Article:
I use a BTU HPI5 with 10 zones. I can work out a good profile that falls within the specs on a blank board but I know when I place a black board, 315mm X 175mm in the oven loaded on one side with 45 misc parts and the other side with 770 leds, the temp on those leds is going to be WAY different than the surface of the blank board.

Do you think if I put a thermocouple on the under side on an unbaked led loaded board it would give be a fairly accurate reading? Would it be better or worse to put the thermocouple on the led side on the very edge (as not to disturbe the unsoldered leds)? The company I am buiding these for want the temps recorded like every 2 hours to ensure we stay within the limits. What a pain.

Unfortunatly I am the only employee in the SMT department and so one else in the company knows much about the technology at all. This forum and general net hunting is about the only way I can learn this stuff.....

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sales

#21514

Nozzle size | 12 September, 2002

Hi Tony, as you might guess, a Nozzle Mfg. has stepped into this conversation. Having worked with many small, mid-size, and Fortune 500 companies for almost 15 years we have seen many "parts" pick up challenges. We were the first to offer "Compliant" tips for Fuji nozzles, others have followed of course. We would suggest looking at using a tip with the "Compliant" or "O-ring" type of tip making your parts pick with minimal errors. And yes...we can help you with that. Visit our website at http://www.nozzlesupply.com. We also offer custom/special nozzle services as well as "re-tipping" and Windmill repair. thanks, hope we can help you... NSC(Nozzle Supply Company)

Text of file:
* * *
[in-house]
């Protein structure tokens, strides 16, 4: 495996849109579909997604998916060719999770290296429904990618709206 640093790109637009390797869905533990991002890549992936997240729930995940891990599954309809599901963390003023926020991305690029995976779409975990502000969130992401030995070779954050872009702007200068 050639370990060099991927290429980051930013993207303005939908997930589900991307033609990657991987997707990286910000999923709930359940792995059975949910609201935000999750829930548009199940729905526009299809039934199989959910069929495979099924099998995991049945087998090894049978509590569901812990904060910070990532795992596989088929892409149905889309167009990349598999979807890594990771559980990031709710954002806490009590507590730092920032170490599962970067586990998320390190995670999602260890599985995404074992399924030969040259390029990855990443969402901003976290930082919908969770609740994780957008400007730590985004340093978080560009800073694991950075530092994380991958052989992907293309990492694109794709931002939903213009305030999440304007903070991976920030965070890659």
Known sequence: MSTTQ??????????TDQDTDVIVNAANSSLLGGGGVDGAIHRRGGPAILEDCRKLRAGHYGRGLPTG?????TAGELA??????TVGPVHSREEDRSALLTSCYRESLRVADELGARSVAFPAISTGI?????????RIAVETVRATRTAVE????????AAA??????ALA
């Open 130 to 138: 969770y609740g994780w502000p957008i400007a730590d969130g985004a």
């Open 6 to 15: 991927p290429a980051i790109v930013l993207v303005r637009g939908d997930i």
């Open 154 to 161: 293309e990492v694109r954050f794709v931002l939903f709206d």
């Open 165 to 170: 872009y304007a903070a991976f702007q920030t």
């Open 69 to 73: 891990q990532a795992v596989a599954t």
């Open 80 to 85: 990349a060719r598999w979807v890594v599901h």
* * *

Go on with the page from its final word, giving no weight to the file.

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Stephen

#21532

Nozzle size | 13 September, 2002

I guess no one at ECD reads this forum. They make a clip-on thermocouple prob. Where I used to work we had 3. At first I thought they were very awkward to set up. But once you practise a bit and get used to the right hand thread tightening screw in left hand thread sleeve, it's easy to set up. they are a bit pricey but it sounds like they will be well worth it to you. Usually I would reflow a board, then clip the probes on and send it through the second time. It sounds like you might need to get permission to do this. I am assuming you won't have a populated scrap board to use. Occasionally there would be tension on the probe and the component would get shifted in the oven.

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Tony

#21535

Nozzle size | 13 September, 2002

Hey Thanks! Yep, they are pricey but I think it would be a worth while expense to safegaurd $250,000 worth of leds! I will tell the powers that be and see if I can squeeze out some cash.

If I scrap one loaded board could I use it for profiling 20 to 25 times. I know the board would be usless but would the temps be an accurate representation of a board reflowed once?